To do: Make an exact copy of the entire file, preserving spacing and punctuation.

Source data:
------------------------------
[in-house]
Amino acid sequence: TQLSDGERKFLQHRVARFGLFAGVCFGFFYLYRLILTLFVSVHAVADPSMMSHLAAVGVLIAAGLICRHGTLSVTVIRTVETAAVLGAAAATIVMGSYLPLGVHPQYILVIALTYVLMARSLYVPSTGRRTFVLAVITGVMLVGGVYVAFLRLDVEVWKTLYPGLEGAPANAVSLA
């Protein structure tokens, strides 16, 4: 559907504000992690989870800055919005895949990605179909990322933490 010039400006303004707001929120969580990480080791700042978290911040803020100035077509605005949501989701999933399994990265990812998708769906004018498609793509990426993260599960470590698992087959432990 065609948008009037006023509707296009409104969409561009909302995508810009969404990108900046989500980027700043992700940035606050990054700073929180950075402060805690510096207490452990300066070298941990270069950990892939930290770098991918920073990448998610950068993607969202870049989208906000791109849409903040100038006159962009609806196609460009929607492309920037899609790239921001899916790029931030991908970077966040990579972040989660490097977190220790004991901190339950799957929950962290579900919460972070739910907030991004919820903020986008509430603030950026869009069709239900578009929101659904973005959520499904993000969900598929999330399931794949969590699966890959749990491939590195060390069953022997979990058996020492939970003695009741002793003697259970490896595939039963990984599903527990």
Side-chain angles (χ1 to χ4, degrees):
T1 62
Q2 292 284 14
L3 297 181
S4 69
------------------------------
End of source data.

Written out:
[in-house]
Amino acid sequence: TQLSDGERKFLQHRVARFGLFAGVCFGFFYLYRLILTLFVSVHAVADPSMMSHLAAVGVLIAAGLICRHGTLSVTVIRTVETAAVLGAAAATIVMGSYLPLGVHPQYILVIALTYVLMARSLYVPSTGRRTFVLAVITGVMLVGGVYVAFLRLDVEVWKTLYPGLEGAPANAVSLA
């Protein structure tokens, strides 16, 4: 559907504000992690989870800055919005895949990605179909990322933490 010039400006303004707001929120969580990480080791700042978290911040803020100035077509605005949501989701999933399994990265990812998708769906004018498609793509990426993260599960470590698992087959432990 065609948008009037006023509707296009409104969409561009909302995508810009969404990108900046989500980027700043992700940035606050990054700073929180950075402060805690510096207490452990300066070298941990270069950990892939930290770098991918920073990448998610950068993607969202870049989208906000791109849409903040100038006159962009609806196609460009929607492309920037899609790239921001899916790029931030991908970077966040990579972040989660490097977190220790004991901190339950799957929950962290579900919460972070739910907030991004919820903020986008509430603030950026869009069709239900578009929101659904973005959520499904993000969900598929999330399931794949969590699966890959749990491939590195060390069953022997979990058996020492939970003695009741002793003697259970490896595939039963990984599903527990």
Side-chain angles (χ1 to χ4, degrees):
T1 62
Q2 292 284 14
L3 297 181
S4 69